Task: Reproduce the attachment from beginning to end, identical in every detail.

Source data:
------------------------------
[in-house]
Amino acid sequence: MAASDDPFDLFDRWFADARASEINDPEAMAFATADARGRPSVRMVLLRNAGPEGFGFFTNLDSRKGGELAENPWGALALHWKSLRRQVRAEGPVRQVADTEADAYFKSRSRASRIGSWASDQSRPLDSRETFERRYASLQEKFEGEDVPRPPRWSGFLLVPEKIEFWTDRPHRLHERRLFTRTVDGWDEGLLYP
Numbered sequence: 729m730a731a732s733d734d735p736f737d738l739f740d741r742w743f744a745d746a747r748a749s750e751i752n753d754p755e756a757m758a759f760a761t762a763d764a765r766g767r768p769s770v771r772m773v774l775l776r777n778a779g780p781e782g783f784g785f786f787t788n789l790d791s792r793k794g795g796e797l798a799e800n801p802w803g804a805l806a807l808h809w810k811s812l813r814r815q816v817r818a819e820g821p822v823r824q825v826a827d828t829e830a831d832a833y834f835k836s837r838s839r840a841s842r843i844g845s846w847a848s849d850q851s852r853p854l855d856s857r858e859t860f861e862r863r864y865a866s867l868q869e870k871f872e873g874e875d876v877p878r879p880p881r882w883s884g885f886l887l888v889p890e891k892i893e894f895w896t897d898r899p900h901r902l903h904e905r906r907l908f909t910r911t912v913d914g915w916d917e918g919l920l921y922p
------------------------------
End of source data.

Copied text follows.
[in-house]
Amino acid sequence: MAASDDPFDLFDRWFADARASEINDPEAMAFATADARGRPSVRMVLLRNAGPEGFGFFTNLDSRKGGELAENPWGALALHWKSLRRQVRAEGPVRQVADTEADAYFKSRSRASRIGSWASDQSRPLDSRETFERRYASLQEKFEGEDVPRPPRWSGFLLVPEKIEFWTDRPHRLHERRLFTRTVDGWDEGLLYP
Numbered sequence: 729m730a731a732s733d734d735p736f737d738l739f740d741r742w743f744a745d746a747r748a749s750e751i752n753d754p755e756a757m758a759f760a761t762a763d764a765r766g767r768p769s770v771r772m773v774l775l776r777n778a779g780p781e782g783f784g785f786f787t788n789l790d791s792r793k794g795g796e797l798a799e800n801p802w803g804a805l806a807l808h809w810k811s812l813r814r815q816v817r818a819e820g821p822v823r824q825v826a827d828t829e830a831d832a833y834f835k836s837r838s839r840a841s842r843i844g845s846w847a848s849d850q851s852r853p854l855d856s857r858e859t860f861e862r863r864y865a866s867l868q869e870k871f872e873g874e875d876v877p878r879p880p881r882w883s884g885f886l887l888v889p890e891k892i893e894f895w896t897d898r899p900h901r902l903h904e905r906r907l908f909t910r911t912v913d914g915w916d917e918g919l920l921y922p